Conservative treatment protocols include vitamin E, colchicine, or paraaminobenzoic acid. Unfortunately, no long-term controlled studies with oral drug placebos have shown any benefits. Leading clinical researchers in this field have prescribed intralesional therapy with verapamil and interferon-alpha 2b injections. Phase 3 trials with intralesional collagenase (Xiaflex manufactured by Auxilium Pharmaceuticals) documented a significant decrease compared to placebo in both degree of penile curvature (-34% vs -18.2%, P<0.0001) and Peyronie's bother-score end points (-2.8 vs –1.8, P=0.003) when combined with a modeling procedure. Xiaflex was approved by the FDA in 2013 to treat men with Peyronie’s disease. For information, contact: https://www.xiaflex.com/
It is well-documented that gradual expansion of tissue results in the formation of new connective tissue. Penile traction has conventionally been used to increase penile length but has recently been evaluated for reducing the curvature associated with Peyronie’s disease with promising results.
Radiation therapy is contraindicated in cases that fail to respond to drug treatment. Surgery to correct the curvature of the penis is generally effective, although side effects such as erectile dysfunction and loss of penile length and sensation may develop.
Oral medication and intralesional medication are the usual first steps in treatment. If the condition persists, after a period of approximately 12 months, surgery may be considered as a treatment option.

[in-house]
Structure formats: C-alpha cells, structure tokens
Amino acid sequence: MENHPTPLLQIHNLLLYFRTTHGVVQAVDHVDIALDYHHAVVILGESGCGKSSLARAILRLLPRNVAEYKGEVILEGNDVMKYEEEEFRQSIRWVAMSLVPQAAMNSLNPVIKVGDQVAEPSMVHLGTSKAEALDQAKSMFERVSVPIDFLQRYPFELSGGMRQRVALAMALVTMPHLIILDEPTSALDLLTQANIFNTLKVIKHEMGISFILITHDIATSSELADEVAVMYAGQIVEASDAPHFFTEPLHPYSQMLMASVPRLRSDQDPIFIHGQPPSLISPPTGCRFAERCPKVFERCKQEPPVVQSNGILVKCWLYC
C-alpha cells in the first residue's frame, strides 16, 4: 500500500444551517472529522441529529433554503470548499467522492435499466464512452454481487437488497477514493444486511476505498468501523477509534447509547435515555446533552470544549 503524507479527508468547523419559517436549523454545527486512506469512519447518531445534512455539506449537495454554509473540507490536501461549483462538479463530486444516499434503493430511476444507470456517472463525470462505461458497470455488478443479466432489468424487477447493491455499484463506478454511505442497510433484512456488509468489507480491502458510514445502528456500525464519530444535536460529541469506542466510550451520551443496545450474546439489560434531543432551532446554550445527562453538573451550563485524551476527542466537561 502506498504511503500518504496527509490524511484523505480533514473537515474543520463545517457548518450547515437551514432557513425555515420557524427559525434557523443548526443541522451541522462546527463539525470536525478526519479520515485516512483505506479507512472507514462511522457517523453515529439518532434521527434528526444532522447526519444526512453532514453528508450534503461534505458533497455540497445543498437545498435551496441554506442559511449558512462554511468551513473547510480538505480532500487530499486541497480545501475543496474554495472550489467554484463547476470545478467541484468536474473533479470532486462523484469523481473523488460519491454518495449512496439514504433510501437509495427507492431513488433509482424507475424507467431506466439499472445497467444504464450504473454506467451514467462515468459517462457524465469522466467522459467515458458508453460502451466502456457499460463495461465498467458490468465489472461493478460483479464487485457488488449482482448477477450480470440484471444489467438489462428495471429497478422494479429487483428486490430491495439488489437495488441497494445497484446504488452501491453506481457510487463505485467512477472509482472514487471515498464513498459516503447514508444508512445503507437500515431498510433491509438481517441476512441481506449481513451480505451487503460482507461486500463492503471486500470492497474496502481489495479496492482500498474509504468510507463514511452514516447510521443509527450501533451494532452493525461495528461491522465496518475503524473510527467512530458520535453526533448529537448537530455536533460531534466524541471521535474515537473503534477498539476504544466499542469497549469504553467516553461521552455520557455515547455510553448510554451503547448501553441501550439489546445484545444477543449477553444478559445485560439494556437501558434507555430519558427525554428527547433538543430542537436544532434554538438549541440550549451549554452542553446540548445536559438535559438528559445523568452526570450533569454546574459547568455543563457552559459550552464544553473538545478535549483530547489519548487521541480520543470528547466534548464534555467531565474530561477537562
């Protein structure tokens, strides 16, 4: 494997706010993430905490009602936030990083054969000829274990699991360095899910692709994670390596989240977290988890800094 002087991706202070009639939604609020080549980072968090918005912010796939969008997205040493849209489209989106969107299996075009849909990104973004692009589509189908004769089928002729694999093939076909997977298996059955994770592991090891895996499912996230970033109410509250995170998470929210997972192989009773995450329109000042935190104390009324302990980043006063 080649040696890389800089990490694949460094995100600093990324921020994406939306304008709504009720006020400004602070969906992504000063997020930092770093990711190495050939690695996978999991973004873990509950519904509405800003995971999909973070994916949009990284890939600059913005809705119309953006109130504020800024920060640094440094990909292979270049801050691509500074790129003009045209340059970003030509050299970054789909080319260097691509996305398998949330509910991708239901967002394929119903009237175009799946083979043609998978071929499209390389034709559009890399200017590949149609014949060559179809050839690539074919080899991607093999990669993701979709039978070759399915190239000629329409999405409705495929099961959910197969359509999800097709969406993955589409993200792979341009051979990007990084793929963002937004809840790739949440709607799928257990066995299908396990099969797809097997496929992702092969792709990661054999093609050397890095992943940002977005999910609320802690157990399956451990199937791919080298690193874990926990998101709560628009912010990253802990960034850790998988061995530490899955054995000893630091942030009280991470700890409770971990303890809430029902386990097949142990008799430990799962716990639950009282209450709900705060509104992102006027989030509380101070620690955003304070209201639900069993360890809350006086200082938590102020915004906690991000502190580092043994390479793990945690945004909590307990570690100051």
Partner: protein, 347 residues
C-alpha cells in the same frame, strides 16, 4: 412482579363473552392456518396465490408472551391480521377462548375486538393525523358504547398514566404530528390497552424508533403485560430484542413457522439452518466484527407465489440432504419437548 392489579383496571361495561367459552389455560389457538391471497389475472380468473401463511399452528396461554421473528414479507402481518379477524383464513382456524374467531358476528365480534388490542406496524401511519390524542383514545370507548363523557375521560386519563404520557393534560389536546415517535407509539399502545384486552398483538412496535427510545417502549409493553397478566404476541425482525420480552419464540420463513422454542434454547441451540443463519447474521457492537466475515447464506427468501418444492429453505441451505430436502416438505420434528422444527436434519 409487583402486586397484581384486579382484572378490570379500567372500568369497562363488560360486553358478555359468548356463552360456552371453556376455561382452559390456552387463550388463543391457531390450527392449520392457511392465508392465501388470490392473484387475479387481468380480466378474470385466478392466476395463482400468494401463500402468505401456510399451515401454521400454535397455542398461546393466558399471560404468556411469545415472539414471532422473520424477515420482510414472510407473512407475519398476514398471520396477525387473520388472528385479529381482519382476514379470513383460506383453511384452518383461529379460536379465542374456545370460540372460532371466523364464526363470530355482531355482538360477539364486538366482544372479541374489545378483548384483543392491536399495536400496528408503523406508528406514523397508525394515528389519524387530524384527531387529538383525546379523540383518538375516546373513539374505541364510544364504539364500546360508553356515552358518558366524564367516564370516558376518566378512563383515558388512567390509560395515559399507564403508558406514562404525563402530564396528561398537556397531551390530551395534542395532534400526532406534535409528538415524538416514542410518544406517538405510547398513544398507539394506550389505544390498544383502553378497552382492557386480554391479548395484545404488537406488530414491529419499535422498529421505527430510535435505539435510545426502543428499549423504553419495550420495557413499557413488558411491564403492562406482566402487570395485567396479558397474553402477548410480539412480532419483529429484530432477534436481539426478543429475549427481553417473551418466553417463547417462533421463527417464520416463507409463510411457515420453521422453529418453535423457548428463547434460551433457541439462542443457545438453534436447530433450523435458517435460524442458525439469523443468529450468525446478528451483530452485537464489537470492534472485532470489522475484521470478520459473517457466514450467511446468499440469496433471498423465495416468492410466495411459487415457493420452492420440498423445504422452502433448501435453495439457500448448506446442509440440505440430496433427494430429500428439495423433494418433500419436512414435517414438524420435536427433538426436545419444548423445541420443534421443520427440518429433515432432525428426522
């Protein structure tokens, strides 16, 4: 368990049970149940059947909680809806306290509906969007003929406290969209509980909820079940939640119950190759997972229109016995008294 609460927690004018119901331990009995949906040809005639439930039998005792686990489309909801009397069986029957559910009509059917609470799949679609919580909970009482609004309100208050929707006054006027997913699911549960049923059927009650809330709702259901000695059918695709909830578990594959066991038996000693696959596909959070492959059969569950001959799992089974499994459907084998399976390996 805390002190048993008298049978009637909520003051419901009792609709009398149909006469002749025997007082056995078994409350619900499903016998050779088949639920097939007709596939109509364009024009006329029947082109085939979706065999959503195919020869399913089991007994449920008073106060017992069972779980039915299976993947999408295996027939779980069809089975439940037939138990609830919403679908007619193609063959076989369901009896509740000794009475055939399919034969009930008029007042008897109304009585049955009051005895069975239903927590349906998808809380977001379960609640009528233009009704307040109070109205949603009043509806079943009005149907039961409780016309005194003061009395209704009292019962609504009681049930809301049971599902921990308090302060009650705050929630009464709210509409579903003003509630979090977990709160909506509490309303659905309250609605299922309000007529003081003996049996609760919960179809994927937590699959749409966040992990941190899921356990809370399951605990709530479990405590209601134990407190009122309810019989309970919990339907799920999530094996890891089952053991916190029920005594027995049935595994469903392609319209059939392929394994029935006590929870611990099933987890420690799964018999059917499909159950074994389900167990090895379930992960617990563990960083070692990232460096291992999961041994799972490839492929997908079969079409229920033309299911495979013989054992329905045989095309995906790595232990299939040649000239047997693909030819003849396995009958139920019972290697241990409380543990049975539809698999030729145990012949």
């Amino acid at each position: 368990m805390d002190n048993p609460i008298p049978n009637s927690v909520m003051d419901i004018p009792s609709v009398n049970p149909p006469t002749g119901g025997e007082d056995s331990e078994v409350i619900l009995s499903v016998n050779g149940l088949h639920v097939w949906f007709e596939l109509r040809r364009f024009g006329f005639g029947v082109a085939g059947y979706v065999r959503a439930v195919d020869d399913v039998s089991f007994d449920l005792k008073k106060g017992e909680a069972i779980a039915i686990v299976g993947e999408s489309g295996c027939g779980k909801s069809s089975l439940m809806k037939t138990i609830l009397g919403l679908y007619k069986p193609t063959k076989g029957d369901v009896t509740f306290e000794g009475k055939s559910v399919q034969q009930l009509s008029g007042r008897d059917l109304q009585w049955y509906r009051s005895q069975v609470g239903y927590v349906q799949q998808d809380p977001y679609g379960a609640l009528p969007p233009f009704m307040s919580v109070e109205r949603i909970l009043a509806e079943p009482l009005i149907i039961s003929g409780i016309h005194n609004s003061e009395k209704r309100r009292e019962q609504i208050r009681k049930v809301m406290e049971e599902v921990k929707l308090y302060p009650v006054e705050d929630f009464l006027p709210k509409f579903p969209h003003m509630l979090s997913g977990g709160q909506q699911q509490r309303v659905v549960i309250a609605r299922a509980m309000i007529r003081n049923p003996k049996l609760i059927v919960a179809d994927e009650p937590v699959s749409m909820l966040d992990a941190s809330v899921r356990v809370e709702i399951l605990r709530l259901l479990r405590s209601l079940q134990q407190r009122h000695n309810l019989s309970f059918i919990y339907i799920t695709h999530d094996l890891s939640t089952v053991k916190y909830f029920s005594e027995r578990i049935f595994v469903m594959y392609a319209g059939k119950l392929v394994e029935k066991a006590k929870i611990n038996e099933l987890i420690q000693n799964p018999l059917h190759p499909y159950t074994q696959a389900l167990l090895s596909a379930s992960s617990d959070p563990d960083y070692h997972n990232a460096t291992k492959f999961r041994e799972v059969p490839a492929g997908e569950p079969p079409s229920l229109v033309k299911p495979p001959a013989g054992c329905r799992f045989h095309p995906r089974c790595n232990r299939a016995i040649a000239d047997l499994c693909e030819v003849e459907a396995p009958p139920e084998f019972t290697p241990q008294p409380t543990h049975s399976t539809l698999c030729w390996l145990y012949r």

Surgical procedures include plicating tunical tissue on the side of the penis opposite the concavity to correct bending, incising or excising the plaque and grafting tissues from other parts of the body or from other sources to cover the deficient area, and in some cases implanting a penile prosthesis with penile manual modeling or other ancillary procedures to straighten the penis and help the individual achieve a satisfactory erection.
Information on current clinical trials is posted on the Internet at www.clinicaltrials.gov. All studies receiving U.S. Government funding, and some supported by private industry, are posted on this government web site.
For information about clinical trials being conducted at the NIH Clinical Center in Bethesda, MD, contact the NIH Patient Recruitment Office:
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Several non-surgical treatments are prescribed to manage Peyronie’s disease. All of them are considered investigational and have shown various degrees of success. Shock wave therapy has been prescribed as well as a range of oral and topical medications.
A calcium channel-blocking drug, known as verapamil, and alpha 2b interferon have been used to treat individuals with Peyronie’s disease. The drugs are injected directly into the affected area (intraplaque injection). Prescription Dispensing Laboratories of San Antonio, Texas, is investigating the use of a topical compound made from verapamil for the treatment of Peyronie’s disease, however recent evidence for the topical approach is not supportive.